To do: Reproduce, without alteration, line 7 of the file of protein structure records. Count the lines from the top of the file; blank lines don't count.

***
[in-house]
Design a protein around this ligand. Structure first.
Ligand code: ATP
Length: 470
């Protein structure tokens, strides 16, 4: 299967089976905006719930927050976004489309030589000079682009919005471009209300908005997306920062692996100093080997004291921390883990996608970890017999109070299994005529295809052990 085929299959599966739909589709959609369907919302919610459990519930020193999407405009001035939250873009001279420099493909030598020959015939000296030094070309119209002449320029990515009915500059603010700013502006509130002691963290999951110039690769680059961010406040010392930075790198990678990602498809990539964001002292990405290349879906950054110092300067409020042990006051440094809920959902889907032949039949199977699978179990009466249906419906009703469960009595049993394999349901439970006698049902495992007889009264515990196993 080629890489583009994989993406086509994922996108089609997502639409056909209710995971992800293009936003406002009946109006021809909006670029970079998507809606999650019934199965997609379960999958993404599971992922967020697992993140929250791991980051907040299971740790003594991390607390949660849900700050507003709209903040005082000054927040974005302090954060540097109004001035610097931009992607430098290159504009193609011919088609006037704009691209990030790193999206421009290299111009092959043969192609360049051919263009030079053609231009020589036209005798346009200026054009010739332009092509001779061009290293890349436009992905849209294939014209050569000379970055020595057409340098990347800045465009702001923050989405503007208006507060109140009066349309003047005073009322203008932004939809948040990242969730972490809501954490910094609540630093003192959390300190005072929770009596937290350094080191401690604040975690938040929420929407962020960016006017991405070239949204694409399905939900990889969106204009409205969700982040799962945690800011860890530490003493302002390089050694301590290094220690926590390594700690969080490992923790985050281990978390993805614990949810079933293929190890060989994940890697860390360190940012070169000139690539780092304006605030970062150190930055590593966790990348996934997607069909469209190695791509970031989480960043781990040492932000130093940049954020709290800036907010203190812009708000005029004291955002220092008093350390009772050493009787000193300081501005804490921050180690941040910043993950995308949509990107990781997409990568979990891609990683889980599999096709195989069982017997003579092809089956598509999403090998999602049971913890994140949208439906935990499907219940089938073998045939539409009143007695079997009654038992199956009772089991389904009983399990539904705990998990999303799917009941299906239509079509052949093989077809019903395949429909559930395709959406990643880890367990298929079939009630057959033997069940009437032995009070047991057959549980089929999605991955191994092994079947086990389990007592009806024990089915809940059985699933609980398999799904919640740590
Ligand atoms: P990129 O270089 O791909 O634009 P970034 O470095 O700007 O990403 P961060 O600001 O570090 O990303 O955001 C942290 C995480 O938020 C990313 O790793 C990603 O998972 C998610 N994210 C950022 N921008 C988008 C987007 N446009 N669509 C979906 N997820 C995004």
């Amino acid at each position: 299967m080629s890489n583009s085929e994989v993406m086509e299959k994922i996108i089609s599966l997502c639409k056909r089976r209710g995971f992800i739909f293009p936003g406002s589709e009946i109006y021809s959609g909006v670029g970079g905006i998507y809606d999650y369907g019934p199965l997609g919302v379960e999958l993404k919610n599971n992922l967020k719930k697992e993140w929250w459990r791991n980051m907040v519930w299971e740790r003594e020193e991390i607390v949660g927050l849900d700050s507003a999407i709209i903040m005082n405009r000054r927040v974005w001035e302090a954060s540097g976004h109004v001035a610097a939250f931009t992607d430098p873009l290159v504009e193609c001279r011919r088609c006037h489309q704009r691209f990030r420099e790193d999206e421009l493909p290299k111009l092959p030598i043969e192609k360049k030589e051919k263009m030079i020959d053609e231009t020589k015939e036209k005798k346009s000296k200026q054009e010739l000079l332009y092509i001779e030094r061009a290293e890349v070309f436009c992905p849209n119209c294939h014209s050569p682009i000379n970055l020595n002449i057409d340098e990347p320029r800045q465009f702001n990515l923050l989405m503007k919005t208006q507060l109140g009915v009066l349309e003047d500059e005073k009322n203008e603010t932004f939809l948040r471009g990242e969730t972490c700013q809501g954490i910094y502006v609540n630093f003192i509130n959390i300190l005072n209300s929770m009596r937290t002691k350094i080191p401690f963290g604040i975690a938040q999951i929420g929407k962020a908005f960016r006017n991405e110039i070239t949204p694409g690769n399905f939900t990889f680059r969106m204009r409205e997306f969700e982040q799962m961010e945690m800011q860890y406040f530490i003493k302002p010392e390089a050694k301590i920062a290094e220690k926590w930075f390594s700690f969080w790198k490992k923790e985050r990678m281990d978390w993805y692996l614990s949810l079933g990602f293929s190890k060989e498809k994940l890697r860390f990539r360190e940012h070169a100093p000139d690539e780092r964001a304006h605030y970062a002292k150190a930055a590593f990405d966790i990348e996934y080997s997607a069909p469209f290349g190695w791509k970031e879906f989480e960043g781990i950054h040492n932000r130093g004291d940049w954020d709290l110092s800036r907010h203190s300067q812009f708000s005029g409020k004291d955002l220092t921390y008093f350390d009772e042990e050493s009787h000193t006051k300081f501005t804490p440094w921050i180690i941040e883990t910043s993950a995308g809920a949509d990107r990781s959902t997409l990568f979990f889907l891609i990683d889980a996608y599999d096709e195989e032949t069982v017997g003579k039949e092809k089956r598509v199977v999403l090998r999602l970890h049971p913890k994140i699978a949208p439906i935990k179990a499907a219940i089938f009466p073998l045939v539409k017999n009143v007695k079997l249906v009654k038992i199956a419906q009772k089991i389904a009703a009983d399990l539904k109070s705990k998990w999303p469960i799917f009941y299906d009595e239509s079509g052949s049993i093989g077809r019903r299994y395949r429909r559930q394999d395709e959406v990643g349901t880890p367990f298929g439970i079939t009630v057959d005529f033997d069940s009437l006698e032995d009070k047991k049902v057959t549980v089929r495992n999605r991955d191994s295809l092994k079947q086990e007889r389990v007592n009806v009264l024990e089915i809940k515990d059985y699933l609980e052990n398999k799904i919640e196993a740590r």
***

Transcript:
């Amino acid at each position: 299967m080629s890489n583009s085929e994989v993406m086509e299959k994922i996108i089609s599966l997502c639409k056909r089976r209710g995971f992800i739909f293009p936003g406002s589709e009946i109006y021809s959609g909006v670029g970079g905006i998507y809606d999650y369907g019934p199965l997609g919302v379960e999958l993404k919610n599971n992922l967020k719930k697992e993140w929250w459990r791991n980051m907040v519930w299971e740790r003594e020193e991390i607390v949660g927050l849900d700050s507003a999407i709209i903040m005082n405009r000054r927040v974005w001035e302090a954060s540097g976004h109004v001035a610097a939250f931009t992607d430098p873009l290159v504009e193609c001279r011919r088609c006037h489309q704009r691209f990030r420099e790193d999206e421009l493909p290299k111009l092959p030598i043969e192609k360049k030589e051919k263009m030079i020959d053609e231009t020589k015939e036209k005798k346009s000296k200026q054009e010739l000079l332009y092509i001779e030094r061009a290293e890349v070309f436009c992905p849209n119209c294939h014209s050569p682009i000379n970055l020595n002449i057409d340098e990347p320029r800045q465009f702001n990515l923050l989405m503007k919005t208006q507060l109140g009915v009066l349309e003047d500059e005073k009322n203008e603010t932004f939809l948040r471009g990242e969730t972490c700013q809501g954490i910094y502006v609540n630093f003192i509130n959390i300190l005072n209300s929770m009596r937290t002691k350094i080191p401690f963290g604040i975690a938040q999951i929420g929407k962020a908005f960016r006017n991405e110039i070239t949204p694409g690769n399905f939900t990889f680059r969106m204009r409205e997306f969700e982040q799962m961010e945690m800011q860890y406040f530490i003493k302002p010392e390089a050694k301590i920062a290094e220690k926590w930075f390594s700690f969080w790198k490992k923790e985050r990678m281990d978390w993805y692996l614990s949810l079933g990602f293929s190890k060989e498809k994940l890697r860390f990539r360190e940012h070169a100093p000139d690539e780092r964001a304006h605030y970062a002292k150190a930055a590593f990405d966790i990348e996934y080997s997607a069909p469209f290349g190695w791509k970031e879906f989480e960043g781990i950054h040492n932000r130093g004291d940049w954020d709290l110092s800036r907010h203190s300067q812009f708000s005029g409020k004291d955002l220092t921390y008093f350390d009772e042990e050493s009787h000193t006051k300081f501005t804490p440094w921050i180690i941040e883990t910043s993950a995308g809920a949509d990107r990781s959902t997409l990568f979990f889907l891609i990683d889980a996608y599999d096709e195989e032949t069982v017997g003579k039949e092809k089956r598509v199977v999403l090998r999602l970890h049971p913890k994140i699978a949208p439906i935990k179990a499907a219940i089938f009466p073998l045939v539409k017999n009143v007695k079997l249906v009654k038992i199956a419906q009772k089991i389904a009703a009983d399990l539904k109070s705990k998990w999303p469960i799917f009941y299906d009595e239509s079509g052949s049993i093989g077809r019903r299994y395949r429909r559930q394999d395709e959406v990643g349901t880890p367990f298929g439970i079939t009630v057959d005529f033997d069940s009437l006698e032995d009070k047991k049902v057959t549980v089929r495992n999605r991955d191994s295809l092994k079947q086990e007889r389990v007592n009806v009264l024990e089915i809940k515990d059985y699933l609980e052990n398999k799904i919640e196993a740590r």